My lovely wife asked if I was going to bring my staff along on our trip. I assured her I was. She was happy to hear that. You see, it's more than just a walking stick. It's a weapon.
I spent a few years studying staff fighting. I'd rather have my staff in my hand than a knife. While I studied a bit of knife work, it's not really my thing. Knife fighters get cut a lot. It's just as easy for me to carry a handgun than a knife.
Of course, on the road, there's some places where I can't bring a handgun. While I can legally carry a concealed handgun in New Hampshire, Massachusetts would toss my sorry butt in jail for a year.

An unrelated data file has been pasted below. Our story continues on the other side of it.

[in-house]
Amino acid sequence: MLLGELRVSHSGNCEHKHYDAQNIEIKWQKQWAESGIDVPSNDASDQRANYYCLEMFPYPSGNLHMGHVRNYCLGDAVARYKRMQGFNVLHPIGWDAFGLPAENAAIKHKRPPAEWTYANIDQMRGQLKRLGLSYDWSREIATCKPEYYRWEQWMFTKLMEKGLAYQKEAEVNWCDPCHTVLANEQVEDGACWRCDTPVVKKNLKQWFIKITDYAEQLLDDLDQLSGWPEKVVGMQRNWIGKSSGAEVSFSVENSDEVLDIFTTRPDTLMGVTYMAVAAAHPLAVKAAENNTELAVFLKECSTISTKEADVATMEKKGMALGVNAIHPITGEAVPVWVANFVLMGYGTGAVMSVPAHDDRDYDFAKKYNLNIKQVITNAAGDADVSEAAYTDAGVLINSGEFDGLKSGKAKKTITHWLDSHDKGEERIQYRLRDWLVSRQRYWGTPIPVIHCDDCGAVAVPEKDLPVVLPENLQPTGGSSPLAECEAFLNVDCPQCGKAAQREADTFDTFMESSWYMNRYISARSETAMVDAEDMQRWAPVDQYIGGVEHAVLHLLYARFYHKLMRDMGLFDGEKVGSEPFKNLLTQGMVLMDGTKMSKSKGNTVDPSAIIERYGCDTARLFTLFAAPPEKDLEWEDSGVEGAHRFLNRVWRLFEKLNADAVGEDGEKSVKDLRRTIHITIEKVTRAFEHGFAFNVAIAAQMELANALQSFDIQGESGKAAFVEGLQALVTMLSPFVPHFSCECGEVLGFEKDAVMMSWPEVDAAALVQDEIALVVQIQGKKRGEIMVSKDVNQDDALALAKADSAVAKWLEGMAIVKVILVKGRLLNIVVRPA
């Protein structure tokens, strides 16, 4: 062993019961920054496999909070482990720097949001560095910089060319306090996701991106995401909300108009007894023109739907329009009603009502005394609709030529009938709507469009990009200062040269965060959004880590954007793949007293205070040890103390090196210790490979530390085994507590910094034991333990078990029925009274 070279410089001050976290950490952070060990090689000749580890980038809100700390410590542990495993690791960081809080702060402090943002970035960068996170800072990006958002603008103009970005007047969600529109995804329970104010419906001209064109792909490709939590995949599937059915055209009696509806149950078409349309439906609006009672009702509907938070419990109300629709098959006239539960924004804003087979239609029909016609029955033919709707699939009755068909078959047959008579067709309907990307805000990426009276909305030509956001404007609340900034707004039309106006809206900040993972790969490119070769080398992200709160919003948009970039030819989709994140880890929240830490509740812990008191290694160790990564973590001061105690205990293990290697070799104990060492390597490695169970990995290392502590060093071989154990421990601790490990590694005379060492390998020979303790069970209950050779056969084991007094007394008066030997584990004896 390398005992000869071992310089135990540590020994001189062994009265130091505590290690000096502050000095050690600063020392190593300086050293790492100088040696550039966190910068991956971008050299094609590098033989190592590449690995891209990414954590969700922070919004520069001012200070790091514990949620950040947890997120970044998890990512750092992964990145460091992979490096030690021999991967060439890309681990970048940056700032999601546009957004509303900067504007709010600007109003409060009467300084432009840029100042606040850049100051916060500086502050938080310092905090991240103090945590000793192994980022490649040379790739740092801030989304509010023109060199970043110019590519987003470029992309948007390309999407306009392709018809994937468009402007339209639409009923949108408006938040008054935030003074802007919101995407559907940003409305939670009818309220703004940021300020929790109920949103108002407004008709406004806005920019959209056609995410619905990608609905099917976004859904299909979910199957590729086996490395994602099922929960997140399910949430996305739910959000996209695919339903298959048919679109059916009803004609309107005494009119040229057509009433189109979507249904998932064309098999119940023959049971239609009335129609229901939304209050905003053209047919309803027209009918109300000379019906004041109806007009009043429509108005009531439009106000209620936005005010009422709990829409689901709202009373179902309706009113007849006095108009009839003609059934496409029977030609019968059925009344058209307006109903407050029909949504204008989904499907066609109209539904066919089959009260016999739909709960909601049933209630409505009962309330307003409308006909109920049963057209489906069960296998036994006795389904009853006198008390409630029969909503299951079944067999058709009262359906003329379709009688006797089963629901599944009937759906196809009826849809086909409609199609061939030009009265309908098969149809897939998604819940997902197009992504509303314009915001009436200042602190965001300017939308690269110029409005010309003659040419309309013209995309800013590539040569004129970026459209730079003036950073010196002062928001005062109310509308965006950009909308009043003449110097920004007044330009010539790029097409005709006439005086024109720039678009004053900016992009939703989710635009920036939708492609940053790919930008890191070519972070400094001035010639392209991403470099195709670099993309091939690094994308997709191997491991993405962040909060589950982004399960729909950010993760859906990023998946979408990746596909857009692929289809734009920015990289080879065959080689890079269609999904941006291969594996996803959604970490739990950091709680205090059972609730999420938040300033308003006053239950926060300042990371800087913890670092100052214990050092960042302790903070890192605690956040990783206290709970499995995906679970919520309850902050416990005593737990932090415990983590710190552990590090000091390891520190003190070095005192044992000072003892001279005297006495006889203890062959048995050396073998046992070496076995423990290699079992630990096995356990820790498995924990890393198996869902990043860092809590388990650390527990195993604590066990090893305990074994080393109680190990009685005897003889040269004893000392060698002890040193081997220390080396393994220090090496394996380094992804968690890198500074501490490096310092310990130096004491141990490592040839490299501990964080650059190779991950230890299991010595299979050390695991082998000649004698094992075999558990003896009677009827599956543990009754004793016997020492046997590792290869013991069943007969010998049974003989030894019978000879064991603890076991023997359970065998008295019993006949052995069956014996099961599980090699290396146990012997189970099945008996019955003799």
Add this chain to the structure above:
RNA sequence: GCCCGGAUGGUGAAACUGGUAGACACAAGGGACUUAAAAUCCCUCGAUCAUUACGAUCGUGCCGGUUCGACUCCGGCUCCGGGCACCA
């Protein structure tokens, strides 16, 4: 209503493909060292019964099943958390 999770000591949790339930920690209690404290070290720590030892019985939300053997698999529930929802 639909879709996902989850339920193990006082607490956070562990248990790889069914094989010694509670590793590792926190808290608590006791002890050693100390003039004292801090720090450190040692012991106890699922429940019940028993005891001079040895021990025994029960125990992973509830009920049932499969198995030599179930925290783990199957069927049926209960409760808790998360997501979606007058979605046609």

My old shotgun, however, is sort of legal in most places. Nobody likes to mess with a shotgun. Still, sometimes I just need to teach a lesson. The lesson taught by a shotgun isn't one the student will benefit from. However, the bruises and broken bones caused by a staff will give a guy something to remember me by.
I've used a staff for defense in the past, but only against dogs. Let me tell you, dogs know a big stick is trouble.
The staff is also handy for two legged dogs, should the need arise.
It's a cool fighting method to learn. Sticks are cheap. I'm using my walking stick as a weapon, but I've seen a kayak paddle make a good fighting staff. Pipe works. Hockey sticks are deadly. In fact, many things made serviceable fighting staffs. When you acquire the skill, weapons are everywhere.
Big boys and their little toys!
3 hours ago